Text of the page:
Contesting the U.S.-centric bias of modern environmentalism, this essay uncovers an “old“ paradigm of environmentalism found in the medieval Islamic tradition, the Islamic Ecological Paradigm (IEP)—which, in many respects, is tantamount to many ideologies of modern environmentalism. According to IEP, human beings are a part of, and not above, nature, and have the responsibility to preserve nature. Many paradigms of modern environmentalism have largely embraced this ideology, though they do not necessarily trace their origin to IEP. This essay also analyzes Muslim environmental activism today by focusing on how its proponents are inspired by modern environmentalism while grounding their activism in IEP. Despite substantial variance and occasional tension, the author argues that both modern environmentalism and IEP can form an ontological alliance, an alliance that is of paramount importance to addressing environmental problems that transcend physical and cultural borders.
Adornment (Aesthetics), Symbolism and Differentiation
, life needs, social codes, religious demands and socioeconomic manifestations. By the rise of Islam in the seventh century, the holy scripture of the Koran established and institutionalised its existence economically, politically and religiously
-centric, and secular approaches that dominate the way history is taught in the pre-university public education system. By focusing on world and national history textbooks, this study analyses the role assigned to Islam in representations of the self and the
Is Liberation without Freedom Possible?
What Has Sartrean Existentialism Got to Do with Islamic Terrorism? Speaking about the future of existentialism means, primarily, testing its theoretical assumptions in order to interpret and clarify the most pressing themes of our contemporary world
Anne Norton, On the Muslim Question (Princeton: Princeton University Press, 2013), 288 pp., ISBN: 9781400846351
Alfred Stepan and Charles Taylor, eds., Boundaries of Toleration (New York: Columbia University Press, 2014), 328 pp., ISBN: 9780231165679
Mehrzad Boroujerdi, ed., Mirror for the Muslim Prince: Islam and the Theory of Statecraft (Syracuse, NY: Syracuse University Press, 2013), 448 pp., ISBN: 9780815632894
Wael B. Hallaq, The Impossible State: Islam, Politics and Modernity’s Moral Predicament (New York: Columbia University Press, 2013), 272 pp., ISBN: 9780231162579
Ali Mirsepassi and Tadd Graham Fernée, Islam, Democracy and Cosmopolitanism: At Home and in the World (New York: Cambridge University Press, 2014), 225 pp., ISBN: 9781107053977
The Ethics of Hierarchy in the Tablighi Jamaat in Pakistan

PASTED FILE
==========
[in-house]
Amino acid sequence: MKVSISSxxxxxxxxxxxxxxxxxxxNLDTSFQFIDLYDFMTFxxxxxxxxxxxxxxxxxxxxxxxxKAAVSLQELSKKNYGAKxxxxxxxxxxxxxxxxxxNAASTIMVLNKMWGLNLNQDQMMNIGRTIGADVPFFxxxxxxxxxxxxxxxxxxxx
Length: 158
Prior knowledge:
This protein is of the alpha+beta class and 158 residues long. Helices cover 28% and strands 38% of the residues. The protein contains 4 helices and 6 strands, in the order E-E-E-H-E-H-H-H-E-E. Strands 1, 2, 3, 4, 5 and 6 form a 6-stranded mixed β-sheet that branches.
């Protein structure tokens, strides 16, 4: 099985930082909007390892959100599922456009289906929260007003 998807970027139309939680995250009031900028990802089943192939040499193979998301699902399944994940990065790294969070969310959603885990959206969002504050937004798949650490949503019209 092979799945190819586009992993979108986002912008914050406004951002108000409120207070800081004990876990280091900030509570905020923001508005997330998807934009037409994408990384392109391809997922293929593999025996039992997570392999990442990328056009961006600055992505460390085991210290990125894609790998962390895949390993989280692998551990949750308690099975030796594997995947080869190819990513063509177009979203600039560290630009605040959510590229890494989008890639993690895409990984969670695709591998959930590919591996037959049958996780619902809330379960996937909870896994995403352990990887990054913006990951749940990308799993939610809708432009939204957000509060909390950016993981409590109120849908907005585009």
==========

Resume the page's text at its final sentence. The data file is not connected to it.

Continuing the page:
In recent decades, Pakistan has witnessed the dramatic rise of Islamic revivalist forces, including Islamic piety movements, political parties, new Islamic schools, televangelists, NGOs, corporations, and banks. These Islamic revivalists draw their
From Flexibility to Protection
Like all the elites of post-Soviet Muslim countries, the political elite and religious officials in Russia have been in the search of a moderate and strictly national Islamic identity, to keep the Muslim population of Russia separate from Arab or Turkish versions of Islam that could be politicised and thus had the potential to undermine the state structure. ‘Tatar traditional Islam’ emerged through this framework.
Emotional Experience in Islamic Sermons (Bengali waʿẓ maḥfils)
This article is about communication practice as a driving force to bring about conceptual change. It approaches the emotional experience in a particular strand of Islamic sermons from contemporary Bangladesh 1 by an extended rhetorical analysis
The Search for a Localised Islamic Orthodoxy in Russia
Lili Di Puppo
In Russia, the division between a ‘folk’/‘ethnic’ and ‘doctrinal’ Islam is linked to the Soviet attempts to weaken scholarly religious knowledge. Today, similar to various regions of the Muslim world, certain Tatar Muslims with the madhhab system (Muslim schools of jurisprudence), engage in constructing a localised orthodoxy, an Islamic orthodoxy based on the universal foundations of Islam, while striving to integrate folk customs and traditions of ‘traditional Islam’ that formerly were denounced as state-loyal piety.
The Integration of Arabo-Islamic Culture in Pre-state Palestine
and Islamic traditions informed, to varying degrees, the Zionist rhetorical formation of the land as well . Academics have already discussed the ways in which Jewish traditions shaped the Zionist vision of pre-state Palestine (Zerubavel 1995). Yet